Mediation and seniors are a great match for resolving grey divorces and separations. A grey divorce is popular term for a divorce involving people aged 55 and over.
Many couples choose to separate or divorce after being married for 20 or 30 years. Statistics Canada supports this trend: In 2008 41.6% of divorces were for marriages that lasted between 10-24 years; 16.4% were for marriages longer than 25 years.
As a Divorce Coach, I had a client in their late 60’s who told me that she wanted to divorce her husband because she wanted to make the most of the time she had left. While she worried about how her husband would get along without her, she wanted the freedom to make decisions for herself.
While divorce can be difficult, both emotionally and financially, there are some advantages to divorcing in one’s later years.
Firstly, child support is far less likely to be an issue when the children are older and self-supporting.
Secondly, when a couple has a reasonable “nest egg”, or more than one property, it can make dividing the assets and moving out easier.
Socially, it can be easier to move out of the family home when friends and neighbours are also “downsizing”. Moreover, there is not the same pressure to keep the home “for the kids”.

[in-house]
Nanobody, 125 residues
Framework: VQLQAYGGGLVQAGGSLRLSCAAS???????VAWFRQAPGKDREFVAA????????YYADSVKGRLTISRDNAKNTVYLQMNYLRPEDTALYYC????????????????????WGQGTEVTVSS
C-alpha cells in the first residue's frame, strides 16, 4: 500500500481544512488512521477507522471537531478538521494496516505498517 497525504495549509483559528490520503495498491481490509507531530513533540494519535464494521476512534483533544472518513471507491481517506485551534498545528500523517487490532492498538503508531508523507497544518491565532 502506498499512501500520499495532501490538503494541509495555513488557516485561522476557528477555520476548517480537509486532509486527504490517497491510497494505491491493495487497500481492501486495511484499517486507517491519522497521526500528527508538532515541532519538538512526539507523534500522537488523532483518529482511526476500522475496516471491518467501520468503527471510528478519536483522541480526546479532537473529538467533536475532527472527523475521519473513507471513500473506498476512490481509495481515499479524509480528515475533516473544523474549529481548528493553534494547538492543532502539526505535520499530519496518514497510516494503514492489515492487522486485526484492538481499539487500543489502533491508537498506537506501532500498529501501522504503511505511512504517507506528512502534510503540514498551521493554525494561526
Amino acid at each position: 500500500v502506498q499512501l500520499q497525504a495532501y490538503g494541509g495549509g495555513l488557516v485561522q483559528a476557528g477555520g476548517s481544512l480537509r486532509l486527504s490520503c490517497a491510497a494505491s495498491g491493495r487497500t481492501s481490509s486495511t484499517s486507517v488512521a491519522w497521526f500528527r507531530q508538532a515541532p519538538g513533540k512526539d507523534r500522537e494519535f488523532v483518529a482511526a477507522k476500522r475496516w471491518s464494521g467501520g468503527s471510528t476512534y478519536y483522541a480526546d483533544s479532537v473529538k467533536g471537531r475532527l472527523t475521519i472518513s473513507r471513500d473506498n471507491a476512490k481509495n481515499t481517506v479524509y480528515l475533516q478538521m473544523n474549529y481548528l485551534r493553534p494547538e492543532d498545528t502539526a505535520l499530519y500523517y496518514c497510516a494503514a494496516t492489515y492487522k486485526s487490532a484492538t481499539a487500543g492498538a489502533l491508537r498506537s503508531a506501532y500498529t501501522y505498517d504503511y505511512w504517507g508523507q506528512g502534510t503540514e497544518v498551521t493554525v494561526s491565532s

When finances are already tight, however, it can be difficult to set up new housing for both parties.
In some cases, parties relocate to more affordable towns or cities, to set up a new home that is more affordable. Others enjoy the flexibility of renting, and not having to pay a mortgage household repairs.
It can, however, be difficult to share or divide one pension. This is particularly the case when one partner has been the primary earner, and the other has been the primary caregiver and homemaker. There is attachment not only to the money, and security, but also to the values that each role held.
Spousal support can also be difficult to discuss in relation to retirement–particularly if either person has health issues that diminish their earning potential.
These are just some of the most common Financial Considerations in divorce.
Clients in mediation are sometimes surprised at how all of these issues are intertwined. Feelings, thoughts, plans, and expectations are all wrapped up with financial changes and decision making.
A good Mediator will draw out what is important to both parties, and help them generate solutions. It is a process of give and take, and prioritizing. A Family Law Mediator, such as Michael Butterfield, has the legal expertise to keep the mediation process fair and balanced.
Jayne Embree holds a Masters in Psychology and is a highly experienced Divorce Coach and Child Specialist. She is currently working as the Mediation Co-ordinator for Victoria Mediation Services.